Scaffold Ratchet Wrench

Of the many scaffolding tools used in commercial endeavors along with home projects, the scaffold wrench and scaffold ratchet are one of the more common types. The wrench and ratchet are handy tools can be found in automotive shops, construction sites, and for home use.

What is a Scaffold Wrench?

A scaffold wrench or spanner is a hand tool used for tightening and loosening fasteners used in the construction of scaffolding or staging. It is as the name describes a wrench that is in most cases 7/8-ths in size in the United States. This is because its primary use is to put together scaffolding which uses nuts that are 7/8ths. The wrench can be open or closed and quickly applied to nuts of different sizes depending on the size of the scaffold wrench.
Scaffold Wrench 7/16
The size of the wrench depends on the country and sometimes the brand of fittings. I have listed the most commonly used sizes below.

What is a Scaffold Ratchet?

This is a variation of the scaffold wrench that is designed with a ratchet mechanism for quicker tightening or loosening of nuts and bolts. It is basically the same as a scaffold wrench, but the ratcheting allows you to tighten or loosen without having to remove and replace the wrench itself thanks to the ratchet.

Williams Scaffolding Ratchet
The above image shows Williams BS-63B: Best Selling Scaffold Ratchet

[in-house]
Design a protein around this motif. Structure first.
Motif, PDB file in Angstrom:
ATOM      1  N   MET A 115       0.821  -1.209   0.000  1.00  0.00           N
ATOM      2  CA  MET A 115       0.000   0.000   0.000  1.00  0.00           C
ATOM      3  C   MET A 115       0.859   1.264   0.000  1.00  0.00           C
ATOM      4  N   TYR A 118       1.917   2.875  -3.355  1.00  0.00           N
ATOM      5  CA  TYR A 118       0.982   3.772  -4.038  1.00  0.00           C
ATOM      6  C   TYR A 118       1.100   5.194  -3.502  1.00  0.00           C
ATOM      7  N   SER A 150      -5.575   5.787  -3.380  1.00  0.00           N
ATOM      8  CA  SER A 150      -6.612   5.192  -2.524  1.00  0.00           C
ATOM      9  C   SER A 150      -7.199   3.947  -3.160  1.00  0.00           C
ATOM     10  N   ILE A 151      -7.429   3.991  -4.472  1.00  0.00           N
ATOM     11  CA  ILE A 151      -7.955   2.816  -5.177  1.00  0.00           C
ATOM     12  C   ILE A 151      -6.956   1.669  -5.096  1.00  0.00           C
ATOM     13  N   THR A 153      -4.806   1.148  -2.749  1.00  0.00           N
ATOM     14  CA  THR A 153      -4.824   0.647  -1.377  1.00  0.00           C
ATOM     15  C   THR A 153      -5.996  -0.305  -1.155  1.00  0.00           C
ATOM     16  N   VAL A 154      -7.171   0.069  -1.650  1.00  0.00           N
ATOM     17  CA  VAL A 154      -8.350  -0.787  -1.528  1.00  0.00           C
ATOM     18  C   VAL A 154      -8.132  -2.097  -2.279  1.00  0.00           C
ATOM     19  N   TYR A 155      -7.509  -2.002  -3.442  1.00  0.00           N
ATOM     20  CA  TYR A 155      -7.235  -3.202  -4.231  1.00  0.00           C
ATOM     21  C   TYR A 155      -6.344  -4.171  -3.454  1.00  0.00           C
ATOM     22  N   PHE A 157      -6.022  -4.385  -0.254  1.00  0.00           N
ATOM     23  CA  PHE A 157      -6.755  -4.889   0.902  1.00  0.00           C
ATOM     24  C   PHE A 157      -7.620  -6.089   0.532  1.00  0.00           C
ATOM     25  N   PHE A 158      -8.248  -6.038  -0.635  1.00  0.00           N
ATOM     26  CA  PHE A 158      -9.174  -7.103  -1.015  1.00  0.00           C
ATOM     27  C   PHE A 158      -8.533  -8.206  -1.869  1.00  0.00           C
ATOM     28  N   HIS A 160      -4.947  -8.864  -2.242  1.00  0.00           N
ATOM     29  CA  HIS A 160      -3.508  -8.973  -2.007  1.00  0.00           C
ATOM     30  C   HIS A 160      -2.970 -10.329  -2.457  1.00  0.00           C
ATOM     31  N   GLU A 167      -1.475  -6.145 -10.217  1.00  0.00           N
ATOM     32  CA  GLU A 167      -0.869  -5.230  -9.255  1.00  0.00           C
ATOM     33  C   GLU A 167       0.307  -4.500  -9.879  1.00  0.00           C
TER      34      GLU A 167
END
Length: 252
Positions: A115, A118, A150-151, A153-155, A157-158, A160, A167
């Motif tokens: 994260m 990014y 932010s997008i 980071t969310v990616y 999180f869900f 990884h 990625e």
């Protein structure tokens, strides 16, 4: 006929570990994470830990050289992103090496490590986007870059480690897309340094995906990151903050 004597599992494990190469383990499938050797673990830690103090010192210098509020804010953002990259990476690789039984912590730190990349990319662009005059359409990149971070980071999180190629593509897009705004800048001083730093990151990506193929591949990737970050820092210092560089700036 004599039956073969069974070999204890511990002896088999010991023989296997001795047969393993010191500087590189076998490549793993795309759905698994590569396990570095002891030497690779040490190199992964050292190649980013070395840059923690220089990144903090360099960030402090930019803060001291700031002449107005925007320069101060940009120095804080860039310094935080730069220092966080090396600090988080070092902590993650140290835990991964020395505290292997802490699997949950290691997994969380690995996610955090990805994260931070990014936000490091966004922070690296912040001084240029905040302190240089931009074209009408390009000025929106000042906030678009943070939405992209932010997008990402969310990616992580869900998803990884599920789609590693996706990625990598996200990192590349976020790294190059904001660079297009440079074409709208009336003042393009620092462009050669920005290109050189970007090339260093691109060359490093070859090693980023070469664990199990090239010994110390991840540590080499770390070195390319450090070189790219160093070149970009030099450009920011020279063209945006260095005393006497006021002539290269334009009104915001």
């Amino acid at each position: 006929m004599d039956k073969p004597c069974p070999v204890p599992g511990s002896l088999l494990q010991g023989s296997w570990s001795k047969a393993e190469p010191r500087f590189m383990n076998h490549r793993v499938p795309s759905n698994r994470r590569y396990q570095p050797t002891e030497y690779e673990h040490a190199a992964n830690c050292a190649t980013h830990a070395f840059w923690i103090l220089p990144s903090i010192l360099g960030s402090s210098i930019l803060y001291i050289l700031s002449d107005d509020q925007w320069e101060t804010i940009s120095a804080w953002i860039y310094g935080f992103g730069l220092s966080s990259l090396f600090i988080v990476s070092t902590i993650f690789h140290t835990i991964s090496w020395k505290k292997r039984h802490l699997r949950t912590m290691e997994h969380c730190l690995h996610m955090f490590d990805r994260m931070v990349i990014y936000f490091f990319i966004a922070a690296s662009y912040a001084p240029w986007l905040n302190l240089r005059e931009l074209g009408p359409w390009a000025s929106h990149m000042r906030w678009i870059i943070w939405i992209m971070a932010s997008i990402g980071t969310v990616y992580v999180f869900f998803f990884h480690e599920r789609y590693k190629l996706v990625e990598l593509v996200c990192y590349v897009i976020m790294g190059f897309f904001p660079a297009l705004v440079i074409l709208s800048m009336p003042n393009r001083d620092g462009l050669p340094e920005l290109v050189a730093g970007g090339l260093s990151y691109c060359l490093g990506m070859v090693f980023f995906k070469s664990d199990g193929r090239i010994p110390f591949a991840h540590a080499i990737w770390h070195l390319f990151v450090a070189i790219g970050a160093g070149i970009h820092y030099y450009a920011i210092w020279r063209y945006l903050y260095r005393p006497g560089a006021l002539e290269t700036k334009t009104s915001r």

As with the scaffold wrench, the primary use is to construct scaffolding. It can work with the fasteners, clamps, and posts that are common with scaffolding. Although it is mostly used to tighten and loosen nuts and bolts.

Types of Scaffold Wrenches

There are several types and variations of the scaffold wrench in use today. The many different applications have helped to spawn the different variations of the wrench. Even today, new uses are being found that are being employed in different types of industries.

Scaffold Wrench Hex & Bi-Hex

The bi-hex design makes this wrench even better suited to put together scaffolding. The main difference between the standard hex and bi-hex can be seen in the design of the head which comes into contact with the fastener. While the hex is six-sided, the bi-hex has far more connection points and may appear almost round.

Scaffolding Wrench w/Swivel Head

This is a standard scaffolding wrench that has a head which can swivel 180 degrees. This allows a person who is in one place to tighten or loosen fasteners in different positions without having to move. While designed for scaffolding, the swiveling head makes this wrench perfect for automotive work when tightening or loosening nuts and bolts at different angles is quite commonplace.

Scaffold Ratchet

This is the typical ratchet design used with a scaffold wrench. Some have interchangeable heads that allow for one tool to be used on multiple sizes of fasteners. The ratchet design is often used in automotive work where it can quickly tighten and loosen nuts and bolts used to hold engine parts together.

Scaffold Ratchet Hammer

Another popular variation is the scaffold wrench hammer. This is a typical scaffold wrench with a hammer attachment on the back side of the wrench. This allows a person to use the hammer to strike the surface to loosen build up or rush covering fasteners, then flip it to its wrench side to loosen them.

Scaffold Ratchet with Hammer

It can also be used to hammer nails, although that is not its primary purpose. The scaffold ratchet hammer is a two-in-one tool that allows for fewer tools to be carried to a job site.

Ratchet Podger